Barnoldswick bank building is ‘utterly inadequate’ for town’s health clinic and NHS is in meltdown, council told
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Officials have slammed a wider ‘meltdown’ of NHS services in Pendle’s West Craven area, expressing ‘extreme concern’ about access to doctors, dentists and other primary care health services.
Ambulance response times reportedly being affected by hospital delays was also raised at the latest full meeting of Pendle Council.
It came when Lib-Dem and Labour councillors won a vote calling on Pendle Council to re-state an offer of land to an NHS property authority and look at other ideas to replace the old Butts clinic. Some services were moved to the old Barnoldswick Yorkshire Bank building this year and the old Butts clinic side could potentially be sold by NHS Property Services, which deals with buildings and land.
The clinic issue is part of a wider set of NHS concerns raised at Pendle Council this year including reports of ambulance and hospitals delays.
CALL FOR ACTION
Lib Dem Coun. Chris Church, a Barnoldswick councillor, led the debate. He put forward a motion calling for:
Pendle Council’s chief executive to request urgent meetings with all the relevant NHS organisations and practitioners with an all-party group of councillors to discuss services. The borough council to seek a meeting with NHS Property Services and related parties to discuss a new Barnoldswick health centre and reiterate its view that using the Yorkshire Bank building is ‘completely unacceptable’. Pendle MP Andrew Stephenson to be contacted about the Barnoldswick health centre issues and the wider ‘shortages of GPs and other health professionals’.
Coun, Church said: “If I spoke about all the ills of the strangled and starved NHS, we would be here all night. However, there are particular issues with Pendle and West Craven.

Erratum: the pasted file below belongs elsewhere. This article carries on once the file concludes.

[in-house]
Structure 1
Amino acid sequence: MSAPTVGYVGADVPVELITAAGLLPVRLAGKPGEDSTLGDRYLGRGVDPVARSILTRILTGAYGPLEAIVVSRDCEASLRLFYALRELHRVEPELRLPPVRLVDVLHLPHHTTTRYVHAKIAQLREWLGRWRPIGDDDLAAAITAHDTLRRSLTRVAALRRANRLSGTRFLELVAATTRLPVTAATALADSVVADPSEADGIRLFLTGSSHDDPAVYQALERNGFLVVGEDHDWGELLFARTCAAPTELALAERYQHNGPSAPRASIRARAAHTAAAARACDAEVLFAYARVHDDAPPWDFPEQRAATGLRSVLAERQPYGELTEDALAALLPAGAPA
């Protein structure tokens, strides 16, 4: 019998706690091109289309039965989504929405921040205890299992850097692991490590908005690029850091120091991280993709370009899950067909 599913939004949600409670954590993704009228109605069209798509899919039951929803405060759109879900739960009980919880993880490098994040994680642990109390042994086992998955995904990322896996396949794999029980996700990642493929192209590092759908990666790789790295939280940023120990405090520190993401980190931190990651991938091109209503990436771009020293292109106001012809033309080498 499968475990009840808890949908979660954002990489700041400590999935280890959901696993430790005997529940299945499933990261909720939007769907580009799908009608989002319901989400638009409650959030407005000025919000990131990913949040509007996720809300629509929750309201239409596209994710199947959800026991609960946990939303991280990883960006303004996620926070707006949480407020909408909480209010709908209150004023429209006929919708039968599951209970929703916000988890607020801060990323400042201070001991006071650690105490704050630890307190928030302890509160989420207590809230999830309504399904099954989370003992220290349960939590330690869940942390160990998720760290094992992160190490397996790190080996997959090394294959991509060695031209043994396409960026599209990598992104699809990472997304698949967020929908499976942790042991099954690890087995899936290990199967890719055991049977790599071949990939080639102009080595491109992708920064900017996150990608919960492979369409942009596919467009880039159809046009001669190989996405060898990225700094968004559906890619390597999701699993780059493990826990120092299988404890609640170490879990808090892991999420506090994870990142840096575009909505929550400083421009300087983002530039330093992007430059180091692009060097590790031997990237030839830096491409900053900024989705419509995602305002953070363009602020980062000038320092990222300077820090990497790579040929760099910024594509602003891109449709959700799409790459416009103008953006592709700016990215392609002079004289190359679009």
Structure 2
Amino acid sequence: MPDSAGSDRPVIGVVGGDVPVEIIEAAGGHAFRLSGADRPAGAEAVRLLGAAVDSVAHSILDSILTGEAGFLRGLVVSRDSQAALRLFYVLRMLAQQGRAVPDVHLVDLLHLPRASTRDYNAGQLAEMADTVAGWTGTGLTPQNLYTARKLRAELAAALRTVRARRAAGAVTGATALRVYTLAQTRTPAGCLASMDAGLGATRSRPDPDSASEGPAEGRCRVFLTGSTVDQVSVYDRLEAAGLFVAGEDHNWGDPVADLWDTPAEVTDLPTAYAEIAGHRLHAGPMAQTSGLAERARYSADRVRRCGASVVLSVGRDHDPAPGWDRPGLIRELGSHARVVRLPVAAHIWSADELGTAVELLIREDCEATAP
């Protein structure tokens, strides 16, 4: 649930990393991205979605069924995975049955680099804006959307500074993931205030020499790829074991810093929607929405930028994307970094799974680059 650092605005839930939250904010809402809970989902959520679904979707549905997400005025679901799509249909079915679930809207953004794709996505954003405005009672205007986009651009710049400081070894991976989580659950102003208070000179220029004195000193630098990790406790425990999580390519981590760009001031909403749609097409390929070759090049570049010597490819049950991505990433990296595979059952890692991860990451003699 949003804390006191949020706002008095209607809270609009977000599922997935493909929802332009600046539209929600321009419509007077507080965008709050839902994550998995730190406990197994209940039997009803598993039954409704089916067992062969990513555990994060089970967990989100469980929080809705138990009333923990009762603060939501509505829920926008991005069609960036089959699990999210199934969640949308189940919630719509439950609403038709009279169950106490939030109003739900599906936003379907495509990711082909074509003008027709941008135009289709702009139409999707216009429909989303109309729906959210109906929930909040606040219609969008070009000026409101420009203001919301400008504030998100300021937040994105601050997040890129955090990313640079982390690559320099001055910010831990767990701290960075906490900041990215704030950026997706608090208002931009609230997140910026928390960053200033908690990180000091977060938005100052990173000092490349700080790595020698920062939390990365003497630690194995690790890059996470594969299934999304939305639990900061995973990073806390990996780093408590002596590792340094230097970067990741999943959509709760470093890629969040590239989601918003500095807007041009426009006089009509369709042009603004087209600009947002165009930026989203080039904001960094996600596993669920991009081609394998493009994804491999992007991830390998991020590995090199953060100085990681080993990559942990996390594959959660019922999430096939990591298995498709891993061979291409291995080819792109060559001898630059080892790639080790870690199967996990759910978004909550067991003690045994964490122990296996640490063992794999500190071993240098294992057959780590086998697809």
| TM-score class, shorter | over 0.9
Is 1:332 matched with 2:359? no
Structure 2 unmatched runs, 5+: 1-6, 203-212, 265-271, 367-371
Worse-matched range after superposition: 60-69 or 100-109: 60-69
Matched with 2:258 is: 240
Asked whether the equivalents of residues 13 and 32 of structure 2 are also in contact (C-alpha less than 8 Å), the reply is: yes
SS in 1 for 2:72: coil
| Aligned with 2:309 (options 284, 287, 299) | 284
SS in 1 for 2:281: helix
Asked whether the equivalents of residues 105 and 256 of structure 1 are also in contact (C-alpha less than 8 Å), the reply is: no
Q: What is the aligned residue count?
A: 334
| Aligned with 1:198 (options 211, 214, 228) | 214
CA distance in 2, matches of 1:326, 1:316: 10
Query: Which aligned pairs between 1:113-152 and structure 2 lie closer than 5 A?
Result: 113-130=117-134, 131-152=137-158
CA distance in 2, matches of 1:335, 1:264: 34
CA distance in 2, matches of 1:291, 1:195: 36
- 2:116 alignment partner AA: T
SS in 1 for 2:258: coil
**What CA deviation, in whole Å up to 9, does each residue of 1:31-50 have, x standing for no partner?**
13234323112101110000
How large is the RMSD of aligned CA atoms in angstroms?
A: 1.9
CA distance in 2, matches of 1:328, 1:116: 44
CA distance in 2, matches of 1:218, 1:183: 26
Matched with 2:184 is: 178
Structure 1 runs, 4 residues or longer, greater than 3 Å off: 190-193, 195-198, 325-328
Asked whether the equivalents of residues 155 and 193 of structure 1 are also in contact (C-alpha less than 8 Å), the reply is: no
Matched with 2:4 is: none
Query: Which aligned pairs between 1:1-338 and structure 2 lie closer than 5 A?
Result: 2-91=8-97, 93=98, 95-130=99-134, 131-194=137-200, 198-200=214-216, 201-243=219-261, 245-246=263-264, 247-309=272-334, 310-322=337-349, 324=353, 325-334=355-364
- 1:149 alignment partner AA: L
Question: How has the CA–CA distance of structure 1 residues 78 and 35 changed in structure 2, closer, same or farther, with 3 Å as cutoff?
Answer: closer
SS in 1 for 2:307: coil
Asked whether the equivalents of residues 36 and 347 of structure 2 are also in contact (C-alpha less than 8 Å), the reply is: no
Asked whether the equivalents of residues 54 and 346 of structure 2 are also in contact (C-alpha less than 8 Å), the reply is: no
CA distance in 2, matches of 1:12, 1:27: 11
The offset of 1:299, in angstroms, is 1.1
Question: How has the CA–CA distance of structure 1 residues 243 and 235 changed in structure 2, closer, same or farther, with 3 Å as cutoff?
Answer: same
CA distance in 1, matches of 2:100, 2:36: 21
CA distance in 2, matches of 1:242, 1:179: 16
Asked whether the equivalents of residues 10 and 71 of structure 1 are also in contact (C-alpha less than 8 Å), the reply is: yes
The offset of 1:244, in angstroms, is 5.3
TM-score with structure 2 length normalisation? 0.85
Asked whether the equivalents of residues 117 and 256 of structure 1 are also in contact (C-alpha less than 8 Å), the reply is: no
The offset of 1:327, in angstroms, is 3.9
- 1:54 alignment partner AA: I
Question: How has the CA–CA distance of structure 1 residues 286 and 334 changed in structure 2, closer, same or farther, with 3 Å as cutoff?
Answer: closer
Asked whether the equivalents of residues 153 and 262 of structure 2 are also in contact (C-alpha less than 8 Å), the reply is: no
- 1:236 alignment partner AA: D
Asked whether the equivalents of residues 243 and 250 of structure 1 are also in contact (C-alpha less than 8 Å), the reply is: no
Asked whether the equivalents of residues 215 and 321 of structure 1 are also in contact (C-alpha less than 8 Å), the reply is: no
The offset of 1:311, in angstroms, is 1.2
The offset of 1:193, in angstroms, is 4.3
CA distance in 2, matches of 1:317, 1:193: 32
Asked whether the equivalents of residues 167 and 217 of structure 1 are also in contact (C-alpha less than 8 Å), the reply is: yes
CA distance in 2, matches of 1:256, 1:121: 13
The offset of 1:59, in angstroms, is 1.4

“Ambulance response times have been a thorn-in-the-side for West Craven over and over again. The reason is a national one, because ambulances cannot get away from hospitals. So the more further away you are from a hospital, the less likely you are to get a good response time. We need to take this issue to the national authorities.”
Early this year, Pendle Council was asked for views on plans to move services from the Barnoldswick Clinic at the Butts to a former Yorkshire Bank building, at the junction of Church Street and Newtown.
NHS midwives, children’s speech therapists, feet and leg specialists and mental health staff were set to move to a new but smaller clinic, under the plans..
Since 2018, NHS organisations have been looking at future options for Barnoldswick services. During the pandemic, only midwives were physically based in the Butts building. Other medical staff had worked from other venues or remotely.
The new Barnoldswick premises would offer modern accommodation at a high street location but would be smaller than the old clinic, councillors were informed.
Some patients who are able to travel further could be seen at Colne Health Centre, which is four miles away, as an ‘overflow solution’, it was said.
Over the years, the Butts clinic has been home to medical staff from different NHS trusts and services which provide community-based treatment. They include East Lancashire Hospitals Trust, Lancashire & South Cumbria Foundation Trust and the Airedale Foundation Trust, which provides some services in areas of Yorkshire and east Lancashire.
The building has also been used in the past for the East Lancashire NHS Clinical Commissioning Group (CCG), which includes local doctors’ surgeries and community nurses. Coincidentally, CCGs were ended across the country this year and replaced with new larger regional bodies.
OFFER OF LAND TO NHS
Regarding clinic activities at the Yorkshire Bank building in Barnoldswick, Coun Church said: “I think this is the only issue in my time as a councillor that I have not heard a single voice in support of it. Everybody is amazed at why anybody would think this proposal is suitable. We want Pendle Council to reiterate its offer of land for a new health centre.”